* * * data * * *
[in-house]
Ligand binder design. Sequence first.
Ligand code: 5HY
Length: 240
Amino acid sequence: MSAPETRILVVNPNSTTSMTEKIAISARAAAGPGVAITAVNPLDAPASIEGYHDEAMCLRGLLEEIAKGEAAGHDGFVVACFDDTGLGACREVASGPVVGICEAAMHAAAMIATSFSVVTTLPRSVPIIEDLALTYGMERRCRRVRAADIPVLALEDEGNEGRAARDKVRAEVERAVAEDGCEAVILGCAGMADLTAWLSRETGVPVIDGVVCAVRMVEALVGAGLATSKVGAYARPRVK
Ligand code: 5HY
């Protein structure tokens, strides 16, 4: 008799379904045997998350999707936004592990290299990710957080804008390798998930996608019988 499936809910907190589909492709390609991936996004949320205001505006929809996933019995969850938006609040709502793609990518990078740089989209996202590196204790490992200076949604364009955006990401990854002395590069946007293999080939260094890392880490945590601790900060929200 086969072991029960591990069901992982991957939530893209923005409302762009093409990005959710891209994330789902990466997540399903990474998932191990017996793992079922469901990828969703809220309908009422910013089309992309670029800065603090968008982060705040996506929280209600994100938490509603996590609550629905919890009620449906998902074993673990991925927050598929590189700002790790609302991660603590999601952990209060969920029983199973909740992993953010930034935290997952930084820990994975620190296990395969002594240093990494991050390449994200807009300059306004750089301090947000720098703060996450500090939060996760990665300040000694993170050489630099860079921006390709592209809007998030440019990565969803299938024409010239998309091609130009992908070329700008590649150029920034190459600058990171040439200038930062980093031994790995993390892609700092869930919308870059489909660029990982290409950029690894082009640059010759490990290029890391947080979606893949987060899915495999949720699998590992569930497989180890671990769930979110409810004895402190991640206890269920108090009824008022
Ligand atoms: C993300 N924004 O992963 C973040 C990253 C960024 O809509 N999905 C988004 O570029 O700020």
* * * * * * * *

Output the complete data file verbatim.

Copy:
[in-house]
Ligand binder design. Sequence first.
Ligand code: 5HY
Length: 240
Amino acid sequence: MSAPETRILVVNPNSTTSMTEKIAISARAAAGPGVAITAVNPLDAPASIEGYHDEAMCLRGLLEEIAKGEAAGHDGFVVACFDDTGLGACREVASGPVVGICEAAMHAAAMIATSFSVVTTLPRSVPIIEDLALTYGMERRCRRVRAADIPVLALEDEGNEGRAARDKVRAEVERAVAEDGCEAVILGCAGMADLTAWLSRETGVPVIDGVVCAVRMVEALVGAGLATSKVGAYARPRVK
Ligand code: 5HY
């Protein structure tokens, strides 16, 4: 008799379904045997998350999707936004592990290299990710957080804008390798998930996608019988 499936809910907190589909492709390609991936996004949320205001505006929809996933019995969850938006609040709502793609990518990078740089989209996202590196204790490992200076949604364009955006990401990854002395590069946007293999080939260094890392880490945590601790900060929200 086969072991029960591990069901992982991957939530893209923005409302762009093409990005959710891209994330789902990466997540399903990474998932191990017996793992079922469901990828969703809220309908009422910013089309992309670029800065603090968008982060705040996506929280209600994100938490509603996590609550629905919890009620449906998902074993673990991925927050598929590189700002790790609302991660603590999601952990209060969920029983199973909740992993953010930034935290997952930084820990994975620190296990395969002594240093990494991050390449994200807009300059306004750089301090947000720098703060996450500090939060996760990665300040000694993170050489630099860079921006390709592209809007998030440019990565969803299938024409010239998309091609130009992908070329700008590649150029920034190459600058990171040439200038930062980093031994790995993390892609700092869930919308870059489909660029990982290409950029690894082009640059010759490990290029890391947080979606893949987060899915495999949720699998590992569930497989180890671990769930979110409810004895402190991640206890269920108090009824008022
Ligand atoms: C993300 N924004 O992963 C973040 C990253 C960024 O809509 N999905 C988004 O570029 O700020």